Mental Health: The Major Impact of Minor Injuries

November 11, 2016

in

Health

by

Sydney Parker

One minute you’re driving home from work, the next, a texting driver smashes into you from behind. Authorities are called, a medical team arrives at the scene and you’re rushed to the hospital with a broken rib. The doctor mends you and sends you home to recover with a prescription for the pain. Now what? The damage to your physical health from the accident has been addressed, but what about your mental health? 

Though much attention is paid to the physical ramifications of traumatic injury, the effects on an injured person’s mental health are often overlooked. Lying in bed all day, getting behind at work, and struggling with pain can take a toll on your mental state even when the injury is minor. 

Despite popular belief, a road traffic crash survivor doesn’t have to endure a serious or life-threatening injury to trigger a mental health disorder. According to a study at the Centre of National Research on Disability and Rehabilitation Medicine at The University of Queensland, fifty percent of people who suffered minor injuries during a road traffic crash and had no prior history of mental illness, subsequently developed a mental health disorder after the accident. 

<blockquote class="twitter-tweet" data-lang="en-gb"><p lang="en" dir="ltr">Effect of Mental Health on Long-Term Disability After a Road Traffic Crash <a href="http://t.co/Y9EA6aCfh5">http://t.co/Y9EA6aCfh5</a></p>&mdash; ArchivesPMR (@ArchivesPMR) <a href="https://twitter.com/ArchivesPMR/status/552561310551261184?ref_src=twsrc%5Etfw">6 January 2015</a></blockquote>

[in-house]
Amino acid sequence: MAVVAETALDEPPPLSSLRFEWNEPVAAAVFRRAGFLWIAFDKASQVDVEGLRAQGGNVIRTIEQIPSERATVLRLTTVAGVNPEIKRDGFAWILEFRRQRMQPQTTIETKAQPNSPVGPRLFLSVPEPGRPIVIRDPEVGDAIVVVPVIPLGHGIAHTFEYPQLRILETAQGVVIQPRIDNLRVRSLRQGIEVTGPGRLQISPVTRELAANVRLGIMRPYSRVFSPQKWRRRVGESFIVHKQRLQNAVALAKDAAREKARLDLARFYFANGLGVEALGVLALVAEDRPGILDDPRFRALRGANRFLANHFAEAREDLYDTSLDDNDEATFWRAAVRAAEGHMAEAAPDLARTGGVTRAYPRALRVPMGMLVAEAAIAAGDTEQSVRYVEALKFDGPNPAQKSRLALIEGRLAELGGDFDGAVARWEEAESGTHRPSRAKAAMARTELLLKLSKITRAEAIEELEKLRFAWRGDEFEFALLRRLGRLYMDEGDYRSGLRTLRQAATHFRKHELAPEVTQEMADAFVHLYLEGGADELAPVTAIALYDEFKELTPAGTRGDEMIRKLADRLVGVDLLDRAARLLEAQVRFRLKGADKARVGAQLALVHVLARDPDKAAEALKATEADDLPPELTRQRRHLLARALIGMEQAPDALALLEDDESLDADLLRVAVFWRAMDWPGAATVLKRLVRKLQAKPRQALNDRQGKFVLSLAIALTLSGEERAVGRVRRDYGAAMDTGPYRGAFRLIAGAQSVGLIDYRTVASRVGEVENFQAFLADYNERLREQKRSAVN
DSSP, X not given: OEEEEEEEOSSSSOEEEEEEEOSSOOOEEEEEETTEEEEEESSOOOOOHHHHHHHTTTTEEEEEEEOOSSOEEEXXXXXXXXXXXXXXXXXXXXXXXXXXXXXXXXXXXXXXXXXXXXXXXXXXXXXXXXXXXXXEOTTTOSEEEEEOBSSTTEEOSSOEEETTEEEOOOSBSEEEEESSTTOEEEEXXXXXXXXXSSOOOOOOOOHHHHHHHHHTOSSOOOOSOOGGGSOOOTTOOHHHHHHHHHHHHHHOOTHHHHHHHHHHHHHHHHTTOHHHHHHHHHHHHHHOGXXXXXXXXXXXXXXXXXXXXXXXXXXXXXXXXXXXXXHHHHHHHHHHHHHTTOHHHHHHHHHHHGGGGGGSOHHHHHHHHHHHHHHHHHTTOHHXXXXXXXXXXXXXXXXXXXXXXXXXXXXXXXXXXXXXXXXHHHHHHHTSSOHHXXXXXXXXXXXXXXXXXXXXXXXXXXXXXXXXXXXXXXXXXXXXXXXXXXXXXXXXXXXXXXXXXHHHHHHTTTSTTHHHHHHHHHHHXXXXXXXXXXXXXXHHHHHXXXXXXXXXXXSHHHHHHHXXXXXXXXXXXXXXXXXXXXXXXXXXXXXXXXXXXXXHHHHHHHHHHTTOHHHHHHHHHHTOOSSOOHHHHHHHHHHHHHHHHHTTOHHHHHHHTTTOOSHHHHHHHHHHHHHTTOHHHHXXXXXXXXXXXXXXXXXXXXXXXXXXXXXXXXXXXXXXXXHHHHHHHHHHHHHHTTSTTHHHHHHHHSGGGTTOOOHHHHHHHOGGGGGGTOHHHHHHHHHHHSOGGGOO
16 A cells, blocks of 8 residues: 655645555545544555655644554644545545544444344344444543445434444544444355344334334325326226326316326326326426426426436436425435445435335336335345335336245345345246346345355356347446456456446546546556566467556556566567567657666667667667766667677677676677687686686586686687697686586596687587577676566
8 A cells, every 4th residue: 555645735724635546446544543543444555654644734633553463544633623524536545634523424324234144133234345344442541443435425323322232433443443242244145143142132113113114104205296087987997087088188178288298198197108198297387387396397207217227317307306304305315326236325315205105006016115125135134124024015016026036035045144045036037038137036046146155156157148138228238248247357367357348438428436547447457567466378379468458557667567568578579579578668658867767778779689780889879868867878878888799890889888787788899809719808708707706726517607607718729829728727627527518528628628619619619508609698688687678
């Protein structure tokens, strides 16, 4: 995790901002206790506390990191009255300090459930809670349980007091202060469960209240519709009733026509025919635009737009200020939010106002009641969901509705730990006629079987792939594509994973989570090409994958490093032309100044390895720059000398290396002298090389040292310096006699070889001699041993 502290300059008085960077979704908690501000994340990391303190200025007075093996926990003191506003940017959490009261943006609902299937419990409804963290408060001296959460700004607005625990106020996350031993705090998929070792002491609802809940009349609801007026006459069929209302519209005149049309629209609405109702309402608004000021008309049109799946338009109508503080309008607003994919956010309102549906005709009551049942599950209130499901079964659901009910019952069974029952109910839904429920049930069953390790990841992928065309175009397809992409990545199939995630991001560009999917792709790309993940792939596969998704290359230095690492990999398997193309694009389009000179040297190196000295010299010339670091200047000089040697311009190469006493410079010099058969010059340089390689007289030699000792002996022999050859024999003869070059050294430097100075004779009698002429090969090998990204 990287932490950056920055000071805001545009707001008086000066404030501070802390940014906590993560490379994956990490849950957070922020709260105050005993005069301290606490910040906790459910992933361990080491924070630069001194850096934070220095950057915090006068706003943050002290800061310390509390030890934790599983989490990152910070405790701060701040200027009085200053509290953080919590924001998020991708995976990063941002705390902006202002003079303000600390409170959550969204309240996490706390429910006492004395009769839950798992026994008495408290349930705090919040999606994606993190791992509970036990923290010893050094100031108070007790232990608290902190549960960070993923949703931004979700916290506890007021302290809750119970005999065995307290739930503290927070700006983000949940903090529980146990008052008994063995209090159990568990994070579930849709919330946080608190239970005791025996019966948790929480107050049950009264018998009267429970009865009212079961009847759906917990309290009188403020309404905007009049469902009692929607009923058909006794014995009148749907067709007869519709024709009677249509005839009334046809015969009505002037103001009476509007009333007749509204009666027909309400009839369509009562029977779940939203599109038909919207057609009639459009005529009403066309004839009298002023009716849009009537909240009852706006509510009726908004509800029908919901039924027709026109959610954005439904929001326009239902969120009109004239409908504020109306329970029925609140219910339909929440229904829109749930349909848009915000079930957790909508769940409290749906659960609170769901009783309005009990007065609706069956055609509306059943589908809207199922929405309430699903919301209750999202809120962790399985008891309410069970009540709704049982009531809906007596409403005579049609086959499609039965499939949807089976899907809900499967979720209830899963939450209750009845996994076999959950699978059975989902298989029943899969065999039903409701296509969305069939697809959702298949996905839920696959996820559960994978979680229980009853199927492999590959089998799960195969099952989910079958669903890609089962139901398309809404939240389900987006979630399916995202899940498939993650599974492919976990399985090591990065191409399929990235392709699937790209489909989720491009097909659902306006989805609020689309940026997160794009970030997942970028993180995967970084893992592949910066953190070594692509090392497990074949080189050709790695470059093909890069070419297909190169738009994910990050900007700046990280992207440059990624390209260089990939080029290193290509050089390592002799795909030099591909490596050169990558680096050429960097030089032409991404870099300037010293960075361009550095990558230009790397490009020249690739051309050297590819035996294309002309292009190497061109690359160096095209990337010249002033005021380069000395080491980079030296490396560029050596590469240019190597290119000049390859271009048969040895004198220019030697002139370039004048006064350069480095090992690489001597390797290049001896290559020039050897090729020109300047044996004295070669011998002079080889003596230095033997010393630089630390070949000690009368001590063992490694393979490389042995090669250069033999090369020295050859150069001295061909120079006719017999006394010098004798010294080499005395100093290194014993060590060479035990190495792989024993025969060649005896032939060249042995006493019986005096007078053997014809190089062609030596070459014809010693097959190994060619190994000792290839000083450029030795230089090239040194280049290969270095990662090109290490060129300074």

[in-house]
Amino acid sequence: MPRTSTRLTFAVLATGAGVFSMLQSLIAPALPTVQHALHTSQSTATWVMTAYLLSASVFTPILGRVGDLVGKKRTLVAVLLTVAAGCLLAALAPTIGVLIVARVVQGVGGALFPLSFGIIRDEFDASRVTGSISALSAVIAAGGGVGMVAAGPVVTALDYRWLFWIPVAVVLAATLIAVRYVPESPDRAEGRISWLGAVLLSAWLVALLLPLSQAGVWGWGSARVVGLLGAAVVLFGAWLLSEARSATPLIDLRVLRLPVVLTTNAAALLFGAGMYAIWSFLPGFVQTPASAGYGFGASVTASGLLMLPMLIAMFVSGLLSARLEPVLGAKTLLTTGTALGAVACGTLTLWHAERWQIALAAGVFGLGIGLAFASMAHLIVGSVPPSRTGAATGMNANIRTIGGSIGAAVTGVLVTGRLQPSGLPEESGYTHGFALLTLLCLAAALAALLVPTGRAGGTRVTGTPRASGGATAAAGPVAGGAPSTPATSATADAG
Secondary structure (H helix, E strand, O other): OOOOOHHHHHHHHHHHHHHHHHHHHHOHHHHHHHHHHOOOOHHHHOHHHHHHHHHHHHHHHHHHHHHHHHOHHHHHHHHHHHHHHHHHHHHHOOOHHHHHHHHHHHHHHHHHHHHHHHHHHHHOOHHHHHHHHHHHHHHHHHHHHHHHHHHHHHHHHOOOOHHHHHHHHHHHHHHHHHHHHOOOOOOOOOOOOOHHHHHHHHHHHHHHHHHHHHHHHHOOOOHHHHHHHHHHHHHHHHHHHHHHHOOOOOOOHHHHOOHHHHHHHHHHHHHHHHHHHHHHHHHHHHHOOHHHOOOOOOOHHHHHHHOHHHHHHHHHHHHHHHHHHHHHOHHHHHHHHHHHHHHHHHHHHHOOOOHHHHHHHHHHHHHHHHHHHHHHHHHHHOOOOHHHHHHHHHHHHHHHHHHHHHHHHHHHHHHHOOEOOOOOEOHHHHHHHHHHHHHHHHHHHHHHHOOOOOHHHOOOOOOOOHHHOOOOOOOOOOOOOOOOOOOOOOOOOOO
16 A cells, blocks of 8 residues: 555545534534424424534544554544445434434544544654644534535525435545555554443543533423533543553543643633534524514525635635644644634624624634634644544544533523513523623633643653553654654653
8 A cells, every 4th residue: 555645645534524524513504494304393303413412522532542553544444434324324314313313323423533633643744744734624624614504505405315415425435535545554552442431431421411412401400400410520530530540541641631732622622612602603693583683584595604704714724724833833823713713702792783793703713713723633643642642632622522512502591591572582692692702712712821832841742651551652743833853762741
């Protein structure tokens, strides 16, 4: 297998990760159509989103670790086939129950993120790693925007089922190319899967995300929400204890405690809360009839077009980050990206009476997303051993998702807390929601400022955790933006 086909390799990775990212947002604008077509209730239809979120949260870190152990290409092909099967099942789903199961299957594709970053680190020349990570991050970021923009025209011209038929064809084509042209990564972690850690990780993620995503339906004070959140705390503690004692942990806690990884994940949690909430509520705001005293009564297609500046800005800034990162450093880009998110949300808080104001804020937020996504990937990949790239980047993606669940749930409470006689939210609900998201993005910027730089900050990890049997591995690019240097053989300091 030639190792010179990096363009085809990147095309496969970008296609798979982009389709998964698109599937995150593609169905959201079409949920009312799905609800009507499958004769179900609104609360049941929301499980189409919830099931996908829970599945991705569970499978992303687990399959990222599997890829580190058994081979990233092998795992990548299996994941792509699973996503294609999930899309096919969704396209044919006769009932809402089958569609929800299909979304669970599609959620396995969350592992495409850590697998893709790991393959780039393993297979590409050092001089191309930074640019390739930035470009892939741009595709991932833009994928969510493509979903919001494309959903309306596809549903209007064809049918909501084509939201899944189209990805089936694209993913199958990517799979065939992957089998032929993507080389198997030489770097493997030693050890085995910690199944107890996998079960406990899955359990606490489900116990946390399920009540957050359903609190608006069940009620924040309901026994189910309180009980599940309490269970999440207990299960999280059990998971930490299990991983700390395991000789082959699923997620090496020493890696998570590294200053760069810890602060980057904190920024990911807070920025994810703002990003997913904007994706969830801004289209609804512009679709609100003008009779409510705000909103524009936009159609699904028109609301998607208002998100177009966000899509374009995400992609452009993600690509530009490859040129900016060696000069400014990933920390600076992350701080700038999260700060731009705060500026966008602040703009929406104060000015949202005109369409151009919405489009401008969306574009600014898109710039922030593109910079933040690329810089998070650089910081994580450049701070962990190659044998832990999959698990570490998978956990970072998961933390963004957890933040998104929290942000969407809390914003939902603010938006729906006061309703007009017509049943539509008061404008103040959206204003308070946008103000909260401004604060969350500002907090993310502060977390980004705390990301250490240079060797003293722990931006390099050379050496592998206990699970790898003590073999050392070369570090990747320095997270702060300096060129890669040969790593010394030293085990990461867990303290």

<script async src="https://platform.twitter.com/widgets.js" charset="utf-8"></script>

“It’s not so much the severity of the crash or the severity of any resulting injury that counts – it’s how someone perceives it,” Dr. Lynda Matthews, the Head of the Rehabilitation Counseling Unit at the University of Sydney told Geared. “If you perceive the crash as life-threatening, or if someone is killed in the accident, then that can influence your response.” 

About a quarter of study participants were diagnosed with Post Traumatic Stress Disorder (PTSD), a mental health condition where a person may suffer from flashbacks, difficulty sleeping and nightmares. If every time you get into your car, you are flooded with vivid memories of the crash, getting back out on the road can become a high anxiety situation. Others struggled with a major depressive episode and/or Generalized Anxiety Disorder (GAD). 

Crash survivors diagnosed with mental illness during the study reported higher levels of pain, lower expectations of their ability to return to work, and higher disability over a period of two years. Disability was assessed based on participants’ perceived limitations and restrictions regarding communication, self-care, mobility, relationships, work, and community roles. It’s kind of a chicken and the egg problem. Does the pain exacerbate the mental disorder or does the mental disorder heighten the pain? 

Depression has long been associated with pain. In a study of over 25,000 patients at 15 primary care centers on five continents, Seattle researchers found that 50% of all depressed patients worldwide report multiple unexplained physical symptoms. As an article in Psychology Today magazine explains, “Like the emotional symptoms, the painful physical symptoms of depression arise in specific nerve pathways presided over by the neurotransmitters serotonin and norepinephrine.